This article was originally published on Innovation & Tech Today.
Disruption is a constant across technology sectors. Whether it’s SaaS stealing share from traditional software businesses or “sharing economy” apps killing traditional services industries, disruption is everywhere. If you are an executive in a technology business, you need to not only be thinking about what disruptions your company can spearhead, but also to be ever vigilant about where and how your company might be a target of disruption.
There are many examples of disruption across technology sectors, with huge implications on industry revenue and market capitalizations. The following table highlights a few examples:
|Disruptors||Company Story||Industry Changes|
|Google’s search-based advertising platform transformed the industry by making ads extremely targeted, market priced, and performance based. It achieved a market cap of over $450 billion within 16 years from startup.||Since its mid-1990s inception, internet advertising has mainly risen at the expense of print. Between 2003 and 2013, the internet’s share of global advertising rose by 17%, while newspaper’s share fell by 14%.|
|Salesforce’s SaaS model transformed the ERP industry, reducing many traditional expenses and complexities of enterprise software implementations. Salesforce first targeted smaller businesses with a less expensive user friendly product that was initially ignored by incumbents SAP and Siebel.||As a result of Salesforce’s SaaS model, traditional software companies began to shift away from large upfront licensing fee options to adopt more of a “pay-as-you-go” or “pay-as-you-consume” model. Many incumbents either exited or purchased cloud services to compete.|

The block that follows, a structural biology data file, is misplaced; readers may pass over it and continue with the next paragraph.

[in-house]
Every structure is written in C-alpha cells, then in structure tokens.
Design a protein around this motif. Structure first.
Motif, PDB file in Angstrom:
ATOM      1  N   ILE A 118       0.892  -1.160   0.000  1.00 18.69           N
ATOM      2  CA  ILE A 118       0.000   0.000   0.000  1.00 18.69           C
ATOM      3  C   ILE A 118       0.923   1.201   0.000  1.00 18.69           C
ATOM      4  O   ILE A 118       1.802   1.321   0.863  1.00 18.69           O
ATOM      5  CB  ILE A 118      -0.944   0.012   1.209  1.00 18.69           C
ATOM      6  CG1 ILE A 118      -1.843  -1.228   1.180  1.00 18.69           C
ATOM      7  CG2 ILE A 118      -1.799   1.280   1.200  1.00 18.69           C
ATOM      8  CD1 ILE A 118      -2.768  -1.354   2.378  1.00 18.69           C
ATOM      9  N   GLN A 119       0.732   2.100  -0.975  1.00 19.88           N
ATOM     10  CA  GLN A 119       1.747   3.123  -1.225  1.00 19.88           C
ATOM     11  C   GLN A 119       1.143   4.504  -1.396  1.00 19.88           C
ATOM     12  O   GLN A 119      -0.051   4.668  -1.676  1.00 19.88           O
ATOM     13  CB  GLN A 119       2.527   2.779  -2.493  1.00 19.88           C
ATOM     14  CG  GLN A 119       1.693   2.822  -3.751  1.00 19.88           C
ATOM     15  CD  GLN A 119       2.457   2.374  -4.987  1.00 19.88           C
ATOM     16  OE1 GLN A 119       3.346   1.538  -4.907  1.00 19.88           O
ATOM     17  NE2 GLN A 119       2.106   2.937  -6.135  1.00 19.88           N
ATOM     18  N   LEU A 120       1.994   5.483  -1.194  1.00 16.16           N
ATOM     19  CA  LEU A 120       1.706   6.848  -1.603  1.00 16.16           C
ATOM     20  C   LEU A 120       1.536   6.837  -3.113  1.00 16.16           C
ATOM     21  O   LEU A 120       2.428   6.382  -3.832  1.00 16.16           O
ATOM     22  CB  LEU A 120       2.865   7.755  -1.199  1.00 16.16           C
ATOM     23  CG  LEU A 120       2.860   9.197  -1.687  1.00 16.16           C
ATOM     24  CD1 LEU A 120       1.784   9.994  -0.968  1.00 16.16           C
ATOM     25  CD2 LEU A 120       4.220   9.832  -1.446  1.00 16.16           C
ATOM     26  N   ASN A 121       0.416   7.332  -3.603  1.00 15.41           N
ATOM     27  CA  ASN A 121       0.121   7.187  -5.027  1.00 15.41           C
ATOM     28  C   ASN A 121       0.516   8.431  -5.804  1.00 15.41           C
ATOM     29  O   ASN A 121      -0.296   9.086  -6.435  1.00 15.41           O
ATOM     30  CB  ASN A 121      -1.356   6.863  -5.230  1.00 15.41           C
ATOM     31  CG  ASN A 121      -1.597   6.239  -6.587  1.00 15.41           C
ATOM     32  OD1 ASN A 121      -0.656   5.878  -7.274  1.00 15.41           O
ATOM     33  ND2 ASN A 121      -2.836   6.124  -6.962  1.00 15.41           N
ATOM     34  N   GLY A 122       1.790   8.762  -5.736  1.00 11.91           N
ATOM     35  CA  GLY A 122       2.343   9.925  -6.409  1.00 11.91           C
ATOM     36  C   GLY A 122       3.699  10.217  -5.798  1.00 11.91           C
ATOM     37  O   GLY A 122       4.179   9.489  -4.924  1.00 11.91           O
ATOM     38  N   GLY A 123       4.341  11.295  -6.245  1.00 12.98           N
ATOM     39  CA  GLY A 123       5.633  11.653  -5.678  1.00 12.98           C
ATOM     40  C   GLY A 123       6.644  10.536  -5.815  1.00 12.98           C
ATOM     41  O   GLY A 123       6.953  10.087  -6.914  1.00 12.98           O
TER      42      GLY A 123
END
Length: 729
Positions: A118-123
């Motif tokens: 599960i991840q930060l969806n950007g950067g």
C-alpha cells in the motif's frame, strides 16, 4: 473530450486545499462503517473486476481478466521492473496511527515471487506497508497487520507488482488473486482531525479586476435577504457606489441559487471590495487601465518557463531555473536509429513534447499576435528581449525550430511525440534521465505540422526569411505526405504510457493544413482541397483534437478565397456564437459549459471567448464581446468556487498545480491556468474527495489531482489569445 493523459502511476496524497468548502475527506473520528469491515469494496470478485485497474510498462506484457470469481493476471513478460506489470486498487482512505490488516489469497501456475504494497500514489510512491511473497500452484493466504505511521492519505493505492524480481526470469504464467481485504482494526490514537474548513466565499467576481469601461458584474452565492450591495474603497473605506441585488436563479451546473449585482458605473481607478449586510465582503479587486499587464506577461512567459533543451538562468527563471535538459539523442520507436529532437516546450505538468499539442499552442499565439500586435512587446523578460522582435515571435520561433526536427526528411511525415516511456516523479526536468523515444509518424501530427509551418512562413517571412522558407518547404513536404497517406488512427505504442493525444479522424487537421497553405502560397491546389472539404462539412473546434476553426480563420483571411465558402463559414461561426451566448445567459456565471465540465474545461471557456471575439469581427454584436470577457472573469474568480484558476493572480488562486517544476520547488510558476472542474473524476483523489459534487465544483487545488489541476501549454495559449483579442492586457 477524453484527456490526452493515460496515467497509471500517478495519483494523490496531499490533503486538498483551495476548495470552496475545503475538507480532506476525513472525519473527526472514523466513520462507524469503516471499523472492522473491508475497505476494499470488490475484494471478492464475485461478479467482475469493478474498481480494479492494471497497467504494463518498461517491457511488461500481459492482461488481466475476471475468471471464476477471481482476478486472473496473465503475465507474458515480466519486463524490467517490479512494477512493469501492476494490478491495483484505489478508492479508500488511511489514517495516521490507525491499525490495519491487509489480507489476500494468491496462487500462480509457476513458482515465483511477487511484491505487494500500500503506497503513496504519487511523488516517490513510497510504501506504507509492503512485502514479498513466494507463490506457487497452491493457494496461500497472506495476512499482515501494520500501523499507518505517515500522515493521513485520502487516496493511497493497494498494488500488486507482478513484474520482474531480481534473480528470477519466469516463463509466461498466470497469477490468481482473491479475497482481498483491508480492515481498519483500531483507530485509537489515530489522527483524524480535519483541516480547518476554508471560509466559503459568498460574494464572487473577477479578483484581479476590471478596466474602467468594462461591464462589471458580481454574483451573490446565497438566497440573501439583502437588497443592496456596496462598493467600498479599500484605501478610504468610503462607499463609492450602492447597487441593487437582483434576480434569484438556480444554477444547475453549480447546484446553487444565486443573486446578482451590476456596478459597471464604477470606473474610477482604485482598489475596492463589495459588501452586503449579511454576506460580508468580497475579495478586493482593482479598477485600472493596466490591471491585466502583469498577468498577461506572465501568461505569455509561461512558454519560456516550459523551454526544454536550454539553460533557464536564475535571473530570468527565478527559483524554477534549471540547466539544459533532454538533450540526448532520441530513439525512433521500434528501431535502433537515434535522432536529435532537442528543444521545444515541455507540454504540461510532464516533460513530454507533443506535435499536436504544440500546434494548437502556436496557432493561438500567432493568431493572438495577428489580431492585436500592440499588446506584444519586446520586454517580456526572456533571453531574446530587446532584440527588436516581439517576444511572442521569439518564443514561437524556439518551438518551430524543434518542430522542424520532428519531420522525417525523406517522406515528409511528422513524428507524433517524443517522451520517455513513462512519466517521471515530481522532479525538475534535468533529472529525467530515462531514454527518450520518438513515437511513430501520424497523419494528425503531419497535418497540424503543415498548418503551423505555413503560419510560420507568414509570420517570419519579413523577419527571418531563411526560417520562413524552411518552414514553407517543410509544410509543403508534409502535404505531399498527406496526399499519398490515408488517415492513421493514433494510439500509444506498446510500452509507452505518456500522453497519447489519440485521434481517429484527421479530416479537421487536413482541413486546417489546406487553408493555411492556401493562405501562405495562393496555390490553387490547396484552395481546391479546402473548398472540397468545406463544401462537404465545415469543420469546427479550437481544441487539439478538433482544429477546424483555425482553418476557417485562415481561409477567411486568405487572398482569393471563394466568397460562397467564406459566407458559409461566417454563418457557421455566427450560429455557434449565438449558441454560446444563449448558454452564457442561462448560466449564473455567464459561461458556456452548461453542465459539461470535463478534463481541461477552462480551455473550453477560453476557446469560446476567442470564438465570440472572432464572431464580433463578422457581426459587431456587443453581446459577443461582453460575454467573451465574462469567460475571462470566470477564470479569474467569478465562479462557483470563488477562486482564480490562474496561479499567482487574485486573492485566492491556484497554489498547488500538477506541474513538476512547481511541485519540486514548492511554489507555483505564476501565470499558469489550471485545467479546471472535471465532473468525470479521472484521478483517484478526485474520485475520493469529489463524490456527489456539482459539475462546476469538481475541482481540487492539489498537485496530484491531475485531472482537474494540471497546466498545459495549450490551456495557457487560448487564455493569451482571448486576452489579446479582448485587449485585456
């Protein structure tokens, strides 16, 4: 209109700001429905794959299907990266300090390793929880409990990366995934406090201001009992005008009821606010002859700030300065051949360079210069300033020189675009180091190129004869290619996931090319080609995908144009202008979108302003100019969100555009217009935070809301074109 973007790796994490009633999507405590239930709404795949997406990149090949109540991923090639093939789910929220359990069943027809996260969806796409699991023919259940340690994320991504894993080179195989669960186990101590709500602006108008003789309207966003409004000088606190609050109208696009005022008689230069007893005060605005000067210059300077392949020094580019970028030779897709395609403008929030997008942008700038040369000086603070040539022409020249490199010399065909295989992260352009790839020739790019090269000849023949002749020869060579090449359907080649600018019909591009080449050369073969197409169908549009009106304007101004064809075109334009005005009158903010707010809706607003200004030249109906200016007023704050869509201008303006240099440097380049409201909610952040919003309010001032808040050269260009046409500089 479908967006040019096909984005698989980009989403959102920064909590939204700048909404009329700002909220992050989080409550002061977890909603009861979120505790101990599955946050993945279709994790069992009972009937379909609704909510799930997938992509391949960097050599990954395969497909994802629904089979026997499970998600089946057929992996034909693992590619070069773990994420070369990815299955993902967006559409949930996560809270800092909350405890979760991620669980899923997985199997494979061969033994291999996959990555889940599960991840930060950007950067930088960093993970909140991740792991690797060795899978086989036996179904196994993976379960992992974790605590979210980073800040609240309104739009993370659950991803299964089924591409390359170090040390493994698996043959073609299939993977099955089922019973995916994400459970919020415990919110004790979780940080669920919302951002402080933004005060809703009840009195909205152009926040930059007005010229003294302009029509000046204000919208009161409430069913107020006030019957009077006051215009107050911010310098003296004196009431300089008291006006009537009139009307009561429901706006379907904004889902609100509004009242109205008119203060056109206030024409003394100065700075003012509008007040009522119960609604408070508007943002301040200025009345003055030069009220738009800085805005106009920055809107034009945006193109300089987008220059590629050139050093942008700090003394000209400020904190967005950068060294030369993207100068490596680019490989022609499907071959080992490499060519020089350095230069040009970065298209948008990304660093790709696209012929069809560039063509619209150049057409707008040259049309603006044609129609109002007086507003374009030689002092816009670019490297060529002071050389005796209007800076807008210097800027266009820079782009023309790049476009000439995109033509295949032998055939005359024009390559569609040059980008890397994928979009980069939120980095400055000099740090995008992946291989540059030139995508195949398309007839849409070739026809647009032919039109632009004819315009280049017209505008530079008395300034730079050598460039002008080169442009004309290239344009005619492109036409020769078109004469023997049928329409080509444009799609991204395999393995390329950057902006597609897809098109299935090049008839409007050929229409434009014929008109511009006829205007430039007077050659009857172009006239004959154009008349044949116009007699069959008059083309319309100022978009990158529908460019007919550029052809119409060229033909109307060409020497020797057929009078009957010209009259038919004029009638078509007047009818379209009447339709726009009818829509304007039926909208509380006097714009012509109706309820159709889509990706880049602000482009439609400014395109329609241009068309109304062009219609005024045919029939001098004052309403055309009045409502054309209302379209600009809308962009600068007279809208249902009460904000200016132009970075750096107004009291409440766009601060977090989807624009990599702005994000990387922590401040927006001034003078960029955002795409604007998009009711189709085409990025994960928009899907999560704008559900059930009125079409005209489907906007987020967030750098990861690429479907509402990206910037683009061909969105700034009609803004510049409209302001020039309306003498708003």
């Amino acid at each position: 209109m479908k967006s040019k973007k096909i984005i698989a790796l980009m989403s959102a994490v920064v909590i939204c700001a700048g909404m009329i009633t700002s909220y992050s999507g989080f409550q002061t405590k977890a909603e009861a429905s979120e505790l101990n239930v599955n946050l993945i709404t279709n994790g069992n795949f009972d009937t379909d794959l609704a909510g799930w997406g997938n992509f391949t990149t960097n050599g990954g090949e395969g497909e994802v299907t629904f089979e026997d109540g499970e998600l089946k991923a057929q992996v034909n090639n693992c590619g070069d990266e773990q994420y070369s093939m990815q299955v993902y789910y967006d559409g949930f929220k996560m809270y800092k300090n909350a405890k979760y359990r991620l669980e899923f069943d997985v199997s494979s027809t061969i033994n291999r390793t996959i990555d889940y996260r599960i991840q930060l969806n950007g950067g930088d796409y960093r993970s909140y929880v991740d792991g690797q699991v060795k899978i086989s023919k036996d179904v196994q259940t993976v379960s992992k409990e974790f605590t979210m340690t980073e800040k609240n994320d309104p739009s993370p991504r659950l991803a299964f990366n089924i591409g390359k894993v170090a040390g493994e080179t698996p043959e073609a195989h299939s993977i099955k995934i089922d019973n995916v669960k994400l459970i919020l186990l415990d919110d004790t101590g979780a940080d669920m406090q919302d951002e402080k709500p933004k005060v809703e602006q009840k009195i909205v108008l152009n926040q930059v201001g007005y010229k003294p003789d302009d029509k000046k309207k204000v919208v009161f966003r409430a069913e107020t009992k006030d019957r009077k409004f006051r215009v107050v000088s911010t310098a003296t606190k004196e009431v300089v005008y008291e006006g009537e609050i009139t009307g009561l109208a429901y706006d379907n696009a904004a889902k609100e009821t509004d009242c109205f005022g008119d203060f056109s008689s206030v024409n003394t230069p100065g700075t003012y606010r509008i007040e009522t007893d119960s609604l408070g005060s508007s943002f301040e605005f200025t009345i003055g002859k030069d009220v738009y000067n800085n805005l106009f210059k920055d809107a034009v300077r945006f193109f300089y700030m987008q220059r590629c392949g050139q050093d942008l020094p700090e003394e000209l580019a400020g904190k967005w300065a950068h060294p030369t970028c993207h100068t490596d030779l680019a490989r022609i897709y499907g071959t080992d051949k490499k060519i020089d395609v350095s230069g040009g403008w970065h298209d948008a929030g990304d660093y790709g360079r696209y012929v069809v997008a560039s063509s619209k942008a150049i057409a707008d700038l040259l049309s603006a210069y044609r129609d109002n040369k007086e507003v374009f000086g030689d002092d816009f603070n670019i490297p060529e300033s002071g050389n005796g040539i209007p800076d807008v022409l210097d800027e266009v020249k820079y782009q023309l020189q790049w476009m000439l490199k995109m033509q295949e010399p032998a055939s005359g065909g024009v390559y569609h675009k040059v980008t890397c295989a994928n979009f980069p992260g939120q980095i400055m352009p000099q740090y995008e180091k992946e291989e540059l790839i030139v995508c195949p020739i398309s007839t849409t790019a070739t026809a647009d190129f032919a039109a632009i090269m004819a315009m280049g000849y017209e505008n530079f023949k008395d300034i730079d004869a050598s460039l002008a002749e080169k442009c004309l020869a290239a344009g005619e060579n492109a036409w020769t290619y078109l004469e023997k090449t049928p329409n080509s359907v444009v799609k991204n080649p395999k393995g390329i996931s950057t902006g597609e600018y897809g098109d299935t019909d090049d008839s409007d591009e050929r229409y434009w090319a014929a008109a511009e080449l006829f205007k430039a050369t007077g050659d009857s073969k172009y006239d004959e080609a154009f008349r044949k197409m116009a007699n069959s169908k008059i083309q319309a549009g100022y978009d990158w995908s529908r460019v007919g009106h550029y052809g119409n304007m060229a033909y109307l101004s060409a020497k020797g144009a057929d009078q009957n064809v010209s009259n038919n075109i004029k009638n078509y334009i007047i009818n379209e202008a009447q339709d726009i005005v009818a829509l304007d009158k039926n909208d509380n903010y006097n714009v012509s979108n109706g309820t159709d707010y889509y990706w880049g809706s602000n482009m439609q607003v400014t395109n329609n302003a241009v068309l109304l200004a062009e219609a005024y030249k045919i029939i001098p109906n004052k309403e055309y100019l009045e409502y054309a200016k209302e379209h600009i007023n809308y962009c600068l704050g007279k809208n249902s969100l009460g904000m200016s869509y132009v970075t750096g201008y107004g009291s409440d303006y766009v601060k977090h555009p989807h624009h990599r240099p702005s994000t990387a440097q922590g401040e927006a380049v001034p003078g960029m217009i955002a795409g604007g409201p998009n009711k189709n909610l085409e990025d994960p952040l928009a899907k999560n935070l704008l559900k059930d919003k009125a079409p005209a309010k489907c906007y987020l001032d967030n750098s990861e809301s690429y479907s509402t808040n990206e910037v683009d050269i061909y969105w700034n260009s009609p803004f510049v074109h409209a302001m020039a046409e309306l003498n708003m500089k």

|Airbnb, founded in 2008, shifted demand away from the hotel industry. Its marketplace allows anyone, from private residents to commercial properties to rent out excess space. The site features rentals in 190 countries and recently acquired $2.3B in funding, with a $20B valuation.||Airbnb achieved an estimated 155 million guest stays in 2014, nearly 22% more than Hilton Worldwide, which had 127 million guest stays in 2014.|
How do you know if your company is vulnerable to disruption? In Waterstone’s experience working across tech sectors, we see certain red flags that are hallmarks that a business is ripe for disruption. Following are six such red flags:
1. Abnormally High Margins:
Are the operating profit margins in one of your businesses significantly higher than your competitors’ or those in other parallel industries? If so, you are vulnerable. You can bet that new competitors are looking at those margins and trying to figure out how to disrupt your business; more than likely some of your customers will be susceptible to a new offering at a lower price point. Examine each major source of your profits and ask yourself, “Could a competitor have a sustainable business at 50 percent of our margins?” Amazon founder Jeff Bezos famously quipped, “Your margin is my opportunity.”
Example: Famous for 60+ percent gross margins on shaving products, Gillette has been disrupted by subscription-based start-ups like Dollar Shave Club that offer very similar products at less than half the price.
2. Stale Technologies in a New Technology World: